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Lake County CD hosts tour of La Cense Ranch

Pivotal Pasturing Tour Notes

By: Heidi Fleury Lake County Conservation District and Ben Montgomery NRCS Ronan

On September 8th, 2016 approximately 90 people travelled from across Western Montana to La Cense Ranch in Dillon, Montana to take part in a ‘Pivotal Pasturing Tour’.  The tour, a cooperative effort between La Cense Ranch, the Lake County Conservation District and the NRCS offices in Ronan and Dillon was organized to showcase the simple, common sense grazing practices that La Cense Ranch has been implementing for over a decade. Race King, Ranch Manager at La Cense, provided his guidance and insight during the tour while head cattle hand, Miguel Navarrete, showed us the process of moving portable fence, posts and stock water tanks with a side-by-side.

For La Cense, the key to making their ranch profitable is flexibility. A number of years ago, after crunching the numbers, they determined that haying wasn’t making them money. So, they sold off their haying equipment and began to invest in more permanent cattle production infrastructure that now includes about 3500-acres of irrigated pasture. On an annual basis, La Cense Ranch grazes these pastures with up to 8,000 stocker cattle. Their grazing management plan utilizes numerous groups numbering from 500 to 800 individuals, depending on weight. Groups are then rotated under irrigation pivots using high stock density, short duration grazing practices.  The stockers are shipped in the fall and their mother cows are wintered on dormant grass without any supplemental hay feeding.  In addition to the changes in grazing management they’ve also moved their calving dates back to May to further accommodate ranch goals.

The management decisions that La Cense employs have paid off.  Zero herbicide applications are necessary on their pastures because weeds are not present.  Their grass production is high and their pasture quality is exceptional.  Race says the ranch can yield between 700 and 800 pounds of animal gain per acre, per year.  Doing the math at $1.5 per pound of gain equals $1,200 per acre from pasture production!  Try beating that with hay!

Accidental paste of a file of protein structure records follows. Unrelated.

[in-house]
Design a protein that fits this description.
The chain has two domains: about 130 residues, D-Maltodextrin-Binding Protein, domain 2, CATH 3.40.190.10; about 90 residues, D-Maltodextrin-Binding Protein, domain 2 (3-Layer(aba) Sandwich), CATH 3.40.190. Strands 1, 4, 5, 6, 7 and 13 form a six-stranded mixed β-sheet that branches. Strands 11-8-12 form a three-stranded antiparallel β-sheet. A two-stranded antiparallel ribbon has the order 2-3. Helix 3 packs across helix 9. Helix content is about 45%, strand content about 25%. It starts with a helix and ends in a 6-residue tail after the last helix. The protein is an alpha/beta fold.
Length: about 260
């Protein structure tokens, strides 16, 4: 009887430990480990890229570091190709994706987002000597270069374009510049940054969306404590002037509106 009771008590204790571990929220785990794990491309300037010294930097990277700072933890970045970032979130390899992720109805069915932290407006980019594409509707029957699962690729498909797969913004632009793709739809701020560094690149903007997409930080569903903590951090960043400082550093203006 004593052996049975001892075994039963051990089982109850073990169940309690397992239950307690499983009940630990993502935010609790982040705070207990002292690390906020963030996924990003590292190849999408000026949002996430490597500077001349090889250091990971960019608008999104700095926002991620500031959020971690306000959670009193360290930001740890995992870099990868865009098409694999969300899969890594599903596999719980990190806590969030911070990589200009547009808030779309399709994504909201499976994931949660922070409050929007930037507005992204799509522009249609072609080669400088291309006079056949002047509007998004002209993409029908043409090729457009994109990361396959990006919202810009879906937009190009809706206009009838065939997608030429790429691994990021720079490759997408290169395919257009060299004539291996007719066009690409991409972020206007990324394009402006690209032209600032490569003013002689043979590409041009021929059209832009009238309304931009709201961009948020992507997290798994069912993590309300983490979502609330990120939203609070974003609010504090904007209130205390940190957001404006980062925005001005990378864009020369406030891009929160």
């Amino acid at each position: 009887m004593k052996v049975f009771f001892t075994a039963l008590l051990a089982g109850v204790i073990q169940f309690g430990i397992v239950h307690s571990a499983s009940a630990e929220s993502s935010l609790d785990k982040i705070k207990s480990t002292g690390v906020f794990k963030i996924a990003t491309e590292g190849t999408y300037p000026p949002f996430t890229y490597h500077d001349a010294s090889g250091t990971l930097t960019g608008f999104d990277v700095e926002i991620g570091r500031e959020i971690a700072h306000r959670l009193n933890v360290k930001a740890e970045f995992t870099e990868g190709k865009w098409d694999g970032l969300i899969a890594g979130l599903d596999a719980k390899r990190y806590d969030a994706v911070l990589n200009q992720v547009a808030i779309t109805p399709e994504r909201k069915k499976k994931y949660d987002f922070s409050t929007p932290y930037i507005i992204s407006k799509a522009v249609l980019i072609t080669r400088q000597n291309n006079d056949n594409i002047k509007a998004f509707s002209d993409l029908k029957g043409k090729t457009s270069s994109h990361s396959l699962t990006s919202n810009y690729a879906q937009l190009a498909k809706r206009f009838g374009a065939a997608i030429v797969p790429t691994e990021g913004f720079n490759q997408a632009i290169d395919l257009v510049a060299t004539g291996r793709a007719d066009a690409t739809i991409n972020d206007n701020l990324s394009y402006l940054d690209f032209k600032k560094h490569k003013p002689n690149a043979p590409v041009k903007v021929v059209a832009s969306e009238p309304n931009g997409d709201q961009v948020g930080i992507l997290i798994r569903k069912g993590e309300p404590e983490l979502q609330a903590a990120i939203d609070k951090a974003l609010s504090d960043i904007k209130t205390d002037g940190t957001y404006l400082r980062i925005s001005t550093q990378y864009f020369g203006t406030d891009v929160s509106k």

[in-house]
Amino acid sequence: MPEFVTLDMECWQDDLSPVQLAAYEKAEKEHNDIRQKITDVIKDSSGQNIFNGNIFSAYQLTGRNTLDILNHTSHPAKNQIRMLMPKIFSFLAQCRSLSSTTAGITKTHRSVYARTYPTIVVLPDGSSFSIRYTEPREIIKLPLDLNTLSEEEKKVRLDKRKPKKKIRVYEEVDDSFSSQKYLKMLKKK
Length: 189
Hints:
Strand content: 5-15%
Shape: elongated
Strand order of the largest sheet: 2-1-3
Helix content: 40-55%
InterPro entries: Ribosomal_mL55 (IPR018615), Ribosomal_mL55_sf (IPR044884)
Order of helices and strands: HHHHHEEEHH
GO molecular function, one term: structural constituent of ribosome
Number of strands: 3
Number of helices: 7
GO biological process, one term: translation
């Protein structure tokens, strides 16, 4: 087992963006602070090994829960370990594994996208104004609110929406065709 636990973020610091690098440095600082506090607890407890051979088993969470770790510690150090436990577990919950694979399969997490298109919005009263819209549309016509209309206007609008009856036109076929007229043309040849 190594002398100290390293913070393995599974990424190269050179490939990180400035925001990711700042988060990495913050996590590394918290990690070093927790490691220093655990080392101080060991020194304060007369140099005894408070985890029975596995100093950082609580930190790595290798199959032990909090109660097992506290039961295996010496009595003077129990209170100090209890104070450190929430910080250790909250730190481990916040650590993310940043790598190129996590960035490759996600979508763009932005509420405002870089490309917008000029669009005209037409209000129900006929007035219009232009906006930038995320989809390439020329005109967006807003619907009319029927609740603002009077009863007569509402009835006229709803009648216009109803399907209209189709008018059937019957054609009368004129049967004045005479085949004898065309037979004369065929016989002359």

La Cense Ranch (link) prides itself on prudent business decisions that also employ the best management practices possible while producing healthy and nutritious beef. They have taken their grazing and pasture management to the next level by developing low-cost, simple infrastructure to facilitate grazing. For each pivot, two or three permanent, 12.5 gauge high tensile, single-wire circular electric fences are installed. A custom made portable 500-gallon stock water tank is filled from an above ground black, poly pipeline system that runs around the interior circular fence.  ‘Quick connect’ couplings are attached to the stock water line and the stock water tank clips into the coupler in seconds.  When the next livestock move is made, the coupling is quickly detached; the tank is dragged by ATV to the next location and reconnected in a matter of seconds.  The permanent Interior circular fences are further subdivided using polywire, temporary fencing. The polywire fencing is moved during each livestock rotation; a process that takes Miguel under 15 minutes.  During irrigations, the pivot travels over the polywire without interruption.

The easy movement of the portable stock water system and the pivot running over the flexible fences were just some of the many impressive things we viewed first hand on the tour. Most impressive was the rotating of several groups of livestock while the crowd watched.  After moving one group (setting and removing the temporary fence) Miguel returned to the crowd, the total time elapsed, six minutes. Six minutes to rotate 600 cattle! And he said he was taking his time so we could see what he was doing. Miguel rotates ten groups like that every morning and, from what we saw, you’ll never hear him say that it’s “too hard to move cows”.

Diagram of La Cense Ranch’s grazing strategy
Diagram of La Cense Ranch’s grazing strategy
Tour participants travelled in style (Photo Courtesy of Kori L. Anderson-Montana Stockgrowers Association)
Tour participants travelled in style (Photo Courtesy of Kori L. Anderson-Montana Stockgrowers Association)
Intently listening to Race King talk about keeping it simple (Photo Courtesy of Kori L. Anderson-Montana Stockgrowers Association)
Intently listening to Race King talk about keeping it simple (Photo Courtesy of Kori L. Anderson-Montana Stockgrowers Association)
500-gallon portable stock water tank
500-gallon portable stock water tank
Portable mineral bin and rubbing post (old street sweeper brush)
Portable mineral bin and rubbing post (old street sweeper brush)
Pivot wheel running over polywire fencing
Pivot wheel running over polywire fencing
Head La Cense Cattle Hand Miguel Navarette and his trusty steed
Head La Cense Cattle Hand Miguel Navarette and his trusty steed

Kate Arpin

Kate is the Communications and Technology Manager for Soil & Water Conservation Districts of Montana. She manages the website, puts out The Montana Conservationist every other week, and assists conservation districts with technology, websites, and communications.

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